|Buddies across the legal divide: Macheath (Isaiah Moore) and Tiger Brown (Reily Crouse)|
In one sense, then, the famous collaboration of Bertolt Brecht and Kurt Weill is always a director's opera whenever it is staged. And so William Fisher's stamp on this production is necessarily embedded in its presentation of the translation by Robert Macdonald (with lyrics spunkily rendered in English by Jeremy Sams).
Despite that excellence, I was reminded mainly through James Caraher's conducting of the Indianapolis Opera production of four years ago how pungent and essential Kurt Weill's music is. Caraher's animating presence for the Butler production imparts extra vivacity and dependable support to the singers from the mostly student band.
With such vivid renditions of Weill's music as this one, it's probably true that John Gay's "Beggar's Opera," the 18th-century progenitor of the Brecht-Weill classic, lives today primarily through productions of the 1928 work of Brecht, Weill, and German-language adapter Elisabeth Hauptmann. Theater historians tell us, however, that Gay's original has held its own to a degree (George Washington, no less, was a fan), and "The Threepenny Opera" has often been disdained in comparison.
The Schrott Center for the Performing Arts is a fine place for such a production, with stage dimensions suitable to the Brecht manner of presentation: non-realistic, wedded to a vaudeville-style rendering of song and dialogue. The onstage band, behind Rob Koharchik's dark, iron-framed set of stairways and platforms (with a jail cell on the lower level present as needed), takes cues from the actors. The troupe, with stage-manager assistance, reorients the set as needed between scenes.
Fisher's direction emphasizes mugging and gestures directed toward the audience — a reminder of the "alienation effect" that Brecht pursued in order to blur the line between art and propaganda. The movement goes into and out of what is usually regarded as theater's "fourth wall." We aren't to take these characters and their circumstances as separate from our world, in particular its inequality and unmet social needs. Accordingly, the coronation in the background of the original here becomes a presidential inauguration, probably the most recent one.
That change is among several that is awkward at least in part, for the teeming metropolis in which this "Threepenny Opera" takes place is New York, not Washington, D.C. A gang of homeless street people on Manhattan streets on Inauguration Day, as threatened by the "beggar king" Peachum, would pose no embarrassment to the powerful in the nation's capital. Similarly, much of the lyrics and dialogue is Americanized, with a few ghosts of the English setting, such as references to the King, to men being "randy," and to an unwanted baby being disposed of "in the loo."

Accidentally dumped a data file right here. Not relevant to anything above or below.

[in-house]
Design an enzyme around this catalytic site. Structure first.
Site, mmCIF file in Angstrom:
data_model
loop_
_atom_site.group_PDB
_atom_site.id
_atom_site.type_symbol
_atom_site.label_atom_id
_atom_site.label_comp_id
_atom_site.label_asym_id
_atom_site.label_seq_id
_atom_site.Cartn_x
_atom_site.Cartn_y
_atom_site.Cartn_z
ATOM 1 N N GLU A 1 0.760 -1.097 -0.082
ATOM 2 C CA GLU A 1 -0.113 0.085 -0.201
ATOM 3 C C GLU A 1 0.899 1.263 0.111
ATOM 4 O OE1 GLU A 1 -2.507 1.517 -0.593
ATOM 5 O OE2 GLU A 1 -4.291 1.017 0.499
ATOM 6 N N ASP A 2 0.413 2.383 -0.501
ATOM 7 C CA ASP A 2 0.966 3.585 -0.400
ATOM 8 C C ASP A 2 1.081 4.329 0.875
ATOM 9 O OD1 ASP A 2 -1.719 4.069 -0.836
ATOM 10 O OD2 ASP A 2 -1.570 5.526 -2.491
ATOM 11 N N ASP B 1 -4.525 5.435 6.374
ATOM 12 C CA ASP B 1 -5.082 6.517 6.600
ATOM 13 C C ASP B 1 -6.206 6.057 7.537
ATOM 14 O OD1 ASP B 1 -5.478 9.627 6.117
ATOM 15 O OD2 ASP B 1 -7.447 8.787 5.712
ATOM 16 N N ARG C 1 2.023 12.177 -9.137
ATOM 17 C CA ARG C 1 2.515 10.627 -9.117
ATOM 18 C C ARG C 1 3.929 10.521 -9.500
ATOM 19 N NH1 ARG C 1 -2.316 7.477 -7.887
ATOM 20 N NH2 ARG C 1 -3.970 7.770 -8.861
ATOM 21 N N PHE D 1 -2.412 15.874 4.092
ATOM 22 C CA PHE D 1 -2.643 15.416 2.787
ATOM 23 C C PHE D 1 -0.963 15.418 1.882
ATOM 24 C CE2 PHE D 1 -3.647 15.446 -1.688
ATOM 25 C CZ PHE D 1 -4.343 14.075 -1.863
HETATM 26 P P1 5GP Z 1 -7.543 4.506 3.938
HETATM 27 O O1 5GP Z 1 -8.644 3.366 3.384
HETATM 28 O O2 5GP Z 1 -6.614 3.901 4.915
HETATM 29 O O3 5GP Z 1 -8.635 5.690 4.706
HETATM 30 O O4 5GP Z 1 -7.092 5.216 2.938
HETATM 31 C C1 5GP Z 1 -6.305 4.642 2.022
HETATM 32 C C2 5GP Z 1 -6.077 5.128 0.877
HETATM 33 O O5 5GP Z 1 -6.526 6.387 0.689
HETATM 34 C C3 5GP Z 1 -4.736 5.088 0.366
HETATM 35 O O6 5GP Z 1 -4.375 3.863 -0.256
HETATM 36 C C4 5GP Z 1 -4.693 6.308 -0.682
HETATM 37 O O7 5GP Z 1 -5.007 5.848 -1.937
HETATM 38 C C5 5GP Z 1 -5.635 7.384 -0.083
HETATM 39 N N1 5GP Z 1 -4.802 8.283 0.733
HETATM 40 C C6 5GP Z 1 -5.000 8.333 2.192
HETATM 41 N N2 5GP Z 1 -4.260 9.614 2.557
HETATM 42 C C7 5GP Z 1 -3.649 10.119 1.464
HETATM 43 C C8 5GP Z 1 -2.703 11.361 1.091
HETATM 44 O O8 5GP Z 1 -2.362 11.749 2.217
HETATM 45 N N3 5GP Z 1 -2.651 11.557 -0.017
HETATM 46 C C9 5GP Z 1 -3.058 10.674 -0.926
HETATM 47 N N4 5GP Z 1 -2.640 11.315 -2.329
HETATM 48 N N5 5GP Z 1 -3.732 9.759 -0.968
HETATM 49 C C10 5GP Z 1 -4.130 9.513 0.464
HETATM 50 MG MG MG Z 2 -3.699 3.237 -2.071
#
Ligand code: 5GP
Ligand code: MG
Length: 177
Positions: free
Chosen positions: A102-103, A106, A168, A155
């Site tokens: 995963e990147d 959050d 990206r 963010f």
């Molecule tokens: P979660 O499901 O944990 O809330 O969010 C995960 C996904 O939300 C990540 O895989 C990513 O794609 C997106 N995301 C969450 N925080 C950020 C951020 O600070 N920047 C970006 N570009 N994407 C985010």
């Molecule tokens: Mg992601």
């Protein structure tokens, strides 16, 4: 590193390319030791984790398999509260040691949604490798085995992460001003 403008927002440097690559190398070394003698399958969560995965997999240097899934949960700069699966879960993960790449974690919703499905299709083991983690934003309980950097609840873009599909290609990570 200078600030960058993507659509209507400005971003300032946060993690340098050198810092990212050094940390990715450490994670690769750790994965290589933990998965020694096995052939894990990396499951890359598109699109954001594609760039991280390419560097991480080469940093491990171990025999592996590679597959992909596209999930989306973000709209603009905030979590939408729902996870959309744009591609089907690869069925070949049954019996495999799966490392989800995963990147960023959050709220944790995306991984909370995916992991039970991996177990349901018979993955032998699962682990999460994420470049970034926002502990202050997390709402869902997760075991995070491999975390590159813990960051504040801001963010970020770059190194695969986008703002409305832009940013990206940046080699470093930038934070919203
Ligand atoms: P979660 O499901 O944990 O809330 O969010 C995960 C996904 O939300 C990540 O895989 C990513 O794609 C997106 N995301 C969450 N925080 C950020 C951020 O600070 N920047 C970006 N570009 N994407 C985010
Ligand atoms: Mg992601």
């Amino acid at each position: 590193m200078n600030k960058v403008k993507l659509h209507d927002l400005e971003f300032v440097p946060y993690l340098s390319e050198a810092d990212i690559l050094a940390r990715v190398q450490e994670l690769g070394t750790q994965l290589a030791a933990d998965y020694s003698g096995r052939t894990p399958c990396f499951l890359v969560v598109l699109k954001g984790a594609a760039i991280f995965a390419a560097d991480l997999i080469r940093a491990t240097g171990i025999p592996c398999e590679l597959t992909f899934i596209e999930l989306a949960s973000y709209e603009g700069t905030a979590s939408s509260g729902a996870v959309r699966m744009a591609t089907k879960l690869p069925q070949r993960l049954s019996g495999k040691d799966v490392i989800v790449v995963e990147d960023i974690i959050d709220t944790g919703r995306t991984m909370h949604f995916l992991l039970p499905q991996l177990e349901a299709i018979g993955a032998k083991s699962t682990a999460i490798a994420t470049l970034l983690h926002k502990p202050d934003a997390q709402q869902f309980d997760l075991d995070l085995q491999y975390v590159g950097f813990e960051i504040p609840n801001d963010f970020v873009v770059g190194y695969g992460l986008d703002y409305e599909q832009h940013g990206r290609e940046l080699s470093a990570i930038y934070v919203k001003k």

This potpourri of references aside, the production is assuredly better off not needing a dialect coach, an amenity that seemed to be lacking in the 2013 Indianapolis production. The urban underworld has a certain universality, after all, though no one cites it whenever "the brotherhood of man" is extolled. As a Communist, Brecht thought that point was particularly worth emphasizing.
With Glenn Williams as the slinky narrator guiding the story, the cast enacts the conflicts among the low-lifes, with the establishment represented by top cop "Tiger" Brown, played with a zesty ambiguity between "bromance" and bi-curiosity by Reily Crouse as a corrupt policeman thoroughly compromised by his affection for Macheath. The protagonist was played and sung by Isaiah Moore with a wealth of outsized expressions, especially in the songs. Though his ferocity with members of his gang was hard to believe at first, the character's manipulative selfishness and improvised suavity came through in a big way. Facing death near the end, this Macheath is both frightened and contemptuous before his delightfully staged and deliberately improbable rescue.
I must also cite the well-displayed venality and desperate self-centeredness of the Peachum family: As the paterfamilias and proprietor of a beggar-outfitting shop, Mike McClellan thundered his critique of the world he strives to succeed in in song after song, his diction and projection first-rate. "The Cannon Song," the scabrous duet with Macheath recalling their old army days, was riveting. His duets with Natalie Fischer as the sly, resentful Mrs. Peachum were among the show's highlights. When they sing slightingly of the romantic effect of "the moon over Soho," the reference neatly applies to both the London and the New York settings ("SoHo" being the decades-old designation of the Manhattan artist area "south of Houston Street").
Emma Summers struggled to project her voice at times, but her characterization of Polly triumphed in dialogue and song alike. Elizabeth Duis played her bitter rival Lucy Brown, and their interaction in duet and dialogue was scintillating, though the fast pace of the "Jealousy Duet" nearly threw them off-course. Mary Hensel as the prostitute ringleader Jenny made a particularly strong impression with her gory portrait-indictment of Macheath in the show's best-known number, the much-covered song known as "Mack the Knife." American pop singers have turned it into a celebration, but in context, the song resonates alarmingly well in its implied challenge to every modern society's chosen narrative of success and virtue.